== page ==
Reading Psalm 40 this morning led me to the dictionary for some definitions of the word perspective. After the basic ideas, there were some interesting and even funny examples of the word in context, like: From their different perspectives, the scientists and musician both agree on music’s emotional power, and It took me awhile to put the housewives’ rebellion into perspective. I remember when I first realized a very important truth about perspective in one of its definitions. Sitting directly across from someone in a group having a conversation, I recognized that it was totally impossible for that person to see what I could see (physically) because we do not have eyes in the back of our heads (although many Catholic children thought the nuns that taught them in school were exceptions to that rule!). Because we do not have 360 degree swivel ability, we can only see just so far around us without turning our heads.
This truth about perspective has helped me when I am astounded or appalled that someone with whom I am speaking disagrees with what I’m saying. “How could he think that way?” I ask myself, or “Can’t she see the flaw in that opinion?” The difficulty is that when we move from the practical, physical definition to the intellectual, philosophical arena, there is a much more complex process of apprehension going on. I have come to the conclusion that in order to avoid distress it’s better to stay in the realm of “he just can’t see it” than to try to convince someone of something I see as simple truth.
Here’s what started all the ruckus in my brain this morning: O Lord, all that you do is marked with good, and all the things that you have in mind for us are incomparable. O that I could speak it all for everyone to hear and know, but it is vast and overwhelms the soul. Yet I know this, for you have made my inner ear to hear, that it is never bloody sacrifices we burn for sins you want or need from us. For even in the scroll of Torah, the book you wrote, it is said that I should simply do your will. That is it, your whole desire, which has now become my soul’s delight. So from my heart I keep your ways, your law of life. (Ps 40:7-10)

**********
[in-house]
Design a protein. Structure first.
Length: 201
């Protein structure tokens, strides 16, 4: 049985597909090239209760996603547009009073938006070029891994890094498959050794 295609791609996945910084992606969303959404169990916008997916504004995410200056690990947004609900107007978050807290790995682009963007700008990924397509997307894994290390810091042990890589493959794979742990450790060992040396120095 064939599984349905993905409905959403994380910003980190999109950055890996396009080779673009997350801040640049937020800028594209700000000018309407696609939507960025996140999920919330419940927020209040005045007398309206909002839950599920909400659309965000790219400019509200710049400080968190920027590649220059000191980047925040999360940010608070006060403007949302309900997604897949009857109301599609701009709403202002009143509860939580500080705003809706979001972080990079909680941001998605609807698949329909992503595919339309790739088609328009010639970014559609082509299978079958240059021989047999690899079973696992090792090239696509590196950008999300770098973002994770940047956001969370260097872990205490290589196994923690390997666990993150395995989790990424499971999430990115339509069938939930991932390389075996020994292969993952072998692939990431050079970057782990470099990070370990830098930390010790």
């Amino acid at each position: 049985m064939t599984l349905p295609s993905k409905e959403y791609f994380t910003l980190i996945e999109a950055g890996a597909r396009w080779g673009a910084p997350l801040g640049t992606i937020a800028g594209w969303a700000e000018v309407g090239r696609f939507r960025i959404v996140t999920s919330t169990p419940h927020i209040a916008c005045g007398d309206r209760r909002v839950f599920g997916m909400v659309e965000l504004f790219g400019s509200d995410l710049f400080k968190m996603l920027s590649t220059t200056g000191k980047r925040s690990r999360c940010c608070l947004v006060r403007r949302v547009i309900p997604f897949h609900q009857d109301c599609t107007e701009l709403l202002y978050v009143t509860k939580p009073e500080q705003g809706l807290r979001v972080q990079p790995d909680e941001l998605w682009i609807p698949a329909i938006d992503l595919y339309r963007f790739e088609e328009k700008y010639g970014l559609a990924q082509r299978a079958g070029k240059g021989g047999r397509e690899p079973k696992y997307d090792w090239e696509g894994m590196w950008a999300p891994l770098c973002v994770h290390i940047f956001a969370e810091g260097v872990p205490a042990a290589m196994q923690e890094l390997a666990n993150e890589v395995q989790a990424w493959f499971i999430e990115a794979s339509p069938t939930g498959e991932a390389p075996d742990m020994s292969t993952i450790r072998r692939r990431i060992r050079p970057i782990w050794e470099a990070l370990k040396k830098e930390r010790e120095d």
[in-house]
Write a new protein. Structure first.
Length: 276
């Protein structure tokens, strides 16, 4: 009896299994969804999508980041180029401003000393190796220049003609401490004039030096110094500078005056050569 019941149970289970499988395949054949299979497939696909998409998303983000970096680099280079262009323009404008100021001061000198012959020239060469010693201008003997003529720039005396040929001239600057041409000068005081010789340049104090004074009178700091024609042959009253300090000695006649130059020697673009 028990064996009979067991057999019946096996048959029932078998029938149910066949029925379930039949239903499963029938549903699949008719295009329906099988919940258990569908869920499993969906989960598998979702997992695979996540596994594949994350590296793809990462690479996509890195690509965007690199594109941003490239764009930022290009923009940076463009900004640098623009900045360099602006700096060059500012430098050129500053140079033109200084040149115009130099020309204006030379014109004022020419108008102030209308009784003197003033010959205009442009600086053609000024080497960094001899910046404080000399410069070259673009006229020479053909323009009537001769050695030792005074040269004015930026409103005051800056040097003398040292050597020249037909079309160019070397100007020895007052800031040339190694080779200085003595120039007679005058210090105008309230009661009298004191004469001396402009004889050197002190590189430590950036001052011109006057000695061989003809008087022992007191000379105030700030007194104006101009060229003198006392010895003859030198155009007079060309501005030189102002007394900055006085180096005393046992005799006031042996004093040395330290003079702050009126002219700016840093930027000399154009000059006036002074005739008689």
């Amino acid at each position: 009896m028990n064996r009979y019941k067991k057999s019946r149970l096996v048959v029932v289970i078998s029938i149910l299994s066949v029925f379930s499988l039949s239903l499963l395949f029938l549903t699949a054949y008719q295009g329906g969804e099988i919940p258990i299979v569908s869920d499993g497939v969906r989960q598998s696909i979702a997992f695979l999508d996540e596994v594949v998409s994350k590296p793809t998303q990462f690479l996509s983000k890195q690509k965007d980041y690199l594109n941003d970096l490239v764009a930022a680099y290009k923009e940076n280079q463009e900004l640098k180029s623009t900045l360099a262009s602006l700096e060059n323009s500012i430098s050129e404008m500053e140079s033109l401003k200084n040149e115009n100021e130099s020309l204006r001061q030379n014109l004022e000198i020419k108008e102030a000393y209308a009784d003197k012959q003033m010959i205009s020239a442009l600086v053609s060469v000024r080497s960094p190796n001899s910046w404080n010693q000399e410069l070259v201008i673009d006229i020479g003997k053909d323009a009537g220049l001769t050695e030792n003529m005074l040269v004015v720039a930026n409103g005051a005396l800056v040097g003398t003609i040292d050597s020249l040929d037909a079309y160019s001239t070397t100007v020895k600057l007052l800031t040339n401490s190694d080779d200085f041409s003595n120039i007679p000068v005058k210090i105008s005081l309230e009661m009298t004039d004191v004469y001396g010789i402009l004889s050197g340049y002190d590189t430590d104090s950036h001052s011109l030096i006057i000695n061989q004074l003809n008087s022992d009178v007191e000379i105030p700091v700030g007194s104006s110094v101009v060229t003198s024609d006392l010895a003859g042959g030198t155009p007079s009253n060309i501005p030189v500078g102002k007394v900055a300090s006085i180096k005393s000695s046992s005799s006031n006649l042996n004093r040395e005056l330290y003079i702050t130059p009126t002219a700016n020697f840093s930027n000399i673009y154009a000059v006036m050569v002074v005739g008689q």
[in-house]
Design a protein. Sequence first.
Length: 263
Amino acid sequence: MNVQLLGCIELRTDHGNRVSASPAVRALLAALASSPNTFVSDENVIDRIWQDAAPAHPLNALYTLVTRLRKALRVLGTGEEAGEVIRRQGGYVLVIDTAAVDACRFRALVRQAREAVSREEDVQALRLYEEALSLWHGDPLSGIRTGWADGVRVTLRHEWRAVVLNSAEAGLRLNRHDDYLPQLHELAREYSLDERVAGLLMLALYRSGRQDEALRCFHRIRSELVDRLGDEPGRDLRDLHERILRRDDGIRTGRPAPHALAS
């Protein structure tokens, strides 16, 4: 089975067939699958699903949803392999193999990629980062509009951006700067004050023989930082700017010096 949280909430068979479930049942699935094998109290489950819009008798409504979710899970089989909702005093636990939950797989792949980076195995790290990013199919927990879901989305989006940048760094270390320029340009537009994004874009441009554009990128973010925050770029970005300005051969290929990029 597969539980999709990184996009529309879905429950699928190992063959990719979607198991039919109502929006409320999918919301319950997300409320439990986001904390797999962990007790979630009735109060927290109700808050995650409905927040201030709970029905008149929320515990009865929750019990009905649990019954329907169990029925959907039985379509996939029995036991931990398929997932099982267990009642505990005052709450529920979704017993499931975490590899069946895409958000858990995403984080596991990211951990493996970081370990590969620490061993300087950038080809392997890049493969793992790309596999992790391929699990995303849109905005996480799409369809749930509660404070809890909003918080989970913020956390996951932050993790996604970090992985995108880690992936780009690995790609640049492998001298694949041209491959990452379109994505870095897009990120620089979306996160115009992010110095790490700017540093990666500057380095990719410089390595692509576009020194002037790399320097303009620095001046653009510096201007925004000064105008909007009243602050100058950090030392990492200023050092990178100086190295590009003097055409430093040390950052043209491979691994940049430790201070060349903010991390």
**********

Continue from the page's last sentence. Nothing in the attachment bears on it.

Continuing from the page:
My perspective on life with God is that if I do my best to do my best God is satisfied, actually overjoyed, with that and doesn’t require anything more than my love. Some would say that perspective is a cop out, as in: What ever happened to “Be ye perfect as your heavenly father is perfect?” Atonement looms large in that perspective. For me, God’s “law of life” is love and that is the perspective from which I view everything. Our socialization and education contribute so much to our perspectives on things; it takes personal experience and reflection on that experience for things to start to shift. It’s all very complicated…so I try to keep that first basic principle in mind (the impossibility of you seeing exactly what I see unless you are standing beside me – or, more precisely, in my skin) and always move from the perspective of love. Not easy, maybe flawed, but more and more often, it works for me!